This weekend I got together with Rahat Huq from TrueHoop’s Houston Rockets blog Red94 to discuss the recent trade involvingand .
Go to Red94 to read the full transcript, but find a few excerpts of Rahat’s observations on Brooks below:
Rahat: Brooks is not a playmaker, period. He’s at his best when he has the green light to score and not worry about setting up the offense. He struggles with interior passing and was so poor at post-entries that the team just gave up on having him on the same side of the court as Yao when the latter was healthy. As you would imagine, he is also a pretty bad defender.
On the flip side, he’s a legitimate weapon. The regression in his numbers this season can largely be attributed to an ankle injury and frustration over his contractual status. His favorite victims are Derek Fisher and Steve Blake. He can spot up, come off screens for 3s, take his man off the dribble, and is also dangerous from mid-range. Made huge strides last season with a floater near the basket, correcting a tendency from previous years to be stuffed at the rim. While Brooks is primarily a scorer, one of his greatest virtues was that he rarely holds onto the ball; he is very decisive in his moves.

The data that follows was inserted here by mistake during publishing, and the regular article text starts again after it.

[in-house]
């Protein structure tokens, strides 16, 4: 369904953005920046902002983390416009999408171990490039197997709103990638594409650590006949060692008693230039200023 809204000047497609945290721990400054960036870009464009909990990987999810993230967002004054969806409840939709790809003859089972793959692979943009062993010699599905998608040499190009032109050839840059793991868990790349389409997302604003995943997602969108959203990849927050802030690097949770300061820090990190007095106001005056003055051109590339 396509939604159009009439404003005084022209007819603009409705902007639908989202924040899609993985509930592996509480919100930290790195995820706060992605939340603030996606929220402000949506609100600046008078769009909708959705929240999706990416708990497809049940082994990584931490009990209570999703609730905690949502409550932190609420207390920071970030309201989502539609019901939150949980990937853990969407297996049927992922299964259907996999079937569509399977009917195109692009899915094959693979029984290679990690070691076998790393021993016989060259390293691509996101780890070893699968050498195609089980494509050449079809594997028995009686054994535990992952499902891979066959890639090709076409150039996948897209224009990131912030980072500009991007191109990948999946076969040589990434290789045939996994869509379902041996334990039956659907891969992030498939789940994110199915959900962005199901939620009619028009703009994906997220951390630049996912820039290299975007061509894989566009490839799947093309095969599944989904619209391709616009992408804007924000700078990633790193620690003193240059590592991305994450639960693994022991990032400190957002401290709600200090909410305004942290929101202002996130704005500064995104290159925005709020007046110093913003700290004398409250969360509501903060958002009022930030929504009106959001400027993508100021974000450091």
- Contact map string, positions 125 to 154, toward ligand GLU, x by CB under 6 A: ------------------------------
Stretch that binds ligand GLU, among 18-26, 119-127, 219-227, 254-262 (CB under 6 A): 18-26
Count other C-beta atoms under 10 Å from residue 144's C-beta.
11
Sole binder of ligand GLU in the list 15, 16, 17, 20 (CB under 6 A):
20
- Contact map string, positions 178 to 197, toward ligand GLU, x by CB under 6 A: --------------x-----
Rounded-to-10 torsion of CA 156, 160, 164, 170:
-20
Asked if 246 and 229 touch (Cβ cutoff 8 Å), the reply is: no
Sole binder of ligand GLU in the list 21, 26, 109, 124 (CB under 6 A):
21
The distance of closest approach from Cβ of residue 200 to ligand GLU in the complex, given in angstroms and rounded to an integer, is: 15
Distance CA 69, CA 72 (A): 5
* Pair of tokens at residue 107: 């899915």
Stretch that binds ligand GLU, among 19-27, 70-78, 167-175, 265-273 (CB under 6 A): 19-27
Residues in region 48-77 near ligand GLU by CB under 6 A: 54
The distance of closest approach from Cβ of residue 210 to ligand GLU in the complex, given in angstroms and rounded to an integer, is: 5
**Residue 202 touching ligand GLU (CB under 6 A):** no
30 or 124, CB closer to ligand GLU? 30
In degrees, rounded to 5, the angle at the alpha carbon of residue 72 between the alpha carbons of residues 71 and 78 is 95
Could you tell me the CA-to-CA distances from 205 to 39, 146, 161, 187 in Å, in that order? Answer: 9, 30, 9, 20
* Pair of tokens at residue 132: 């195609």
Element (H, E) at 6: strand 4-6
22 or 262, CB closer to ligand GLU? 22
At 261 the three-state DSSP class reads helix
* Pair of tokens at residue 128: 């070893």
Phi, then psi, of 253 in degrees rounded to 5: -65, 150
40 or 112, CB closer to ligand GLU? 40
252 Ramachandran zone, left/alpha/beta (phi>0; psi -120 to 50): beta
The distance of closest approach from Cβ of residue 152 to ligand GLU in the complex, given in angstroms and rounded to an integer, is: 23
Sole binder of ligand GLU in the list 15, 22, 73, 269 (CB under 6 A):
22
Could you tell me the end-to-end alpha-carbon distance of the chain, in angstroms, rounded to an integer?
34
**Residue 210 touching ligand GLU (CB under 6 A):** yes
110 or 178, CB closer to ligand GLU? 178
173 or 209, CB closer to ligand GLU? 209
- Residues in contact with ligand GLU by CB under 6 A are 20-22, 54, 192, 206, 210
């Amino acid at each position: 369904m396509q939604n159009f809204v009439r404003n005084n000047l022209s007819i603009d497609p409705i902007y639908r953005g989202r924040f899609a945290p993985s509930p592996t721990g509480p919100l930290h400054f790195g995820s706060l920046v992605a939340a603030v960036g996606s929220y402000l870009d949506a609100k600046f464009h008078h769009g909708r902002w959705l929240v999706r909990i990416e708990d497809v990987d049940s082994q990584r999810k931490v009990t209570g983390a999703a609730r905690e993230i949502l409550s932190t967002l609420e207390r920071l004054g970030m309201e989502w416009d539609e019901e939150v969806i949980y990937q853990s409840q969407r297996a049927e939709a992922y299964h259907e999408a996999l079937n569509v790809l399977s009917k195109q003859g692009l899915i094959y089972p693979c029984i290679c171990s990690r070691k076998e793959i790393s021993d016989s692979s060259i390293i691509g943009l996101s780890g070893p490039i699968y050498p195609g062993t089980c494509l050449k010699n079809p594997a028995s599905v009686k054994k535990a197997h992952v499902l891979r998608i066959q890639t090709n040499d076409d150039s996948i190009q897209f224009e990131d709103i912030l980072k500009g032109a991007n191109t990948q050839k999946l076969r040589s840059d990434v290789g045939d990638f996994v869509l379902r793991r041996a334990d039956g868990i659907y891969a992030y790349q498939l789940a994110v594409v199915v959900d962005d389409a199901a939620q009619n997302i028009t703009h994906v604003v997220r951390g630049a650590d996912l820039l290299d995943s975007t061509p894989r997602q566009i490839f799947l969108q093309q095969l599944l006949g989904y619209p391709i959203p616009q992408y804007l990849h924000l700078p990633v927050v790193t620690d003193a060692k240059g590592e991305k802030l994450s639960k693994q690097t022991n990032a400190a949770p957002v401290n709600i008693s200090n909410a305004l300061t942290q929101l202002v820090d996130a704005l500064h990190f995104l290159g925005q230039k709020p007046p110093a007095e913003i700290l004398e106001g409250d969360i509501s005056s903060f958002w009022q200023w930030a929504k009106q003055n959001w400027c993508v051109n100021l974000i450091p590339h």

Brooks is a classic sparkplug but his weaknesses preclude anything more.
Rahat: Regarding Brooks, I had been advocating a trade since last season. Based on what Kyle Lowry got, my assumption is that AB would be looking for $7mill-$8mill/year, a cost not palatable for the current structure of this Rockets team. This is not to say Brooks isn’t worth that much — that could be appropriate value on the right roster — but it wasn’t worth it for the Rockets.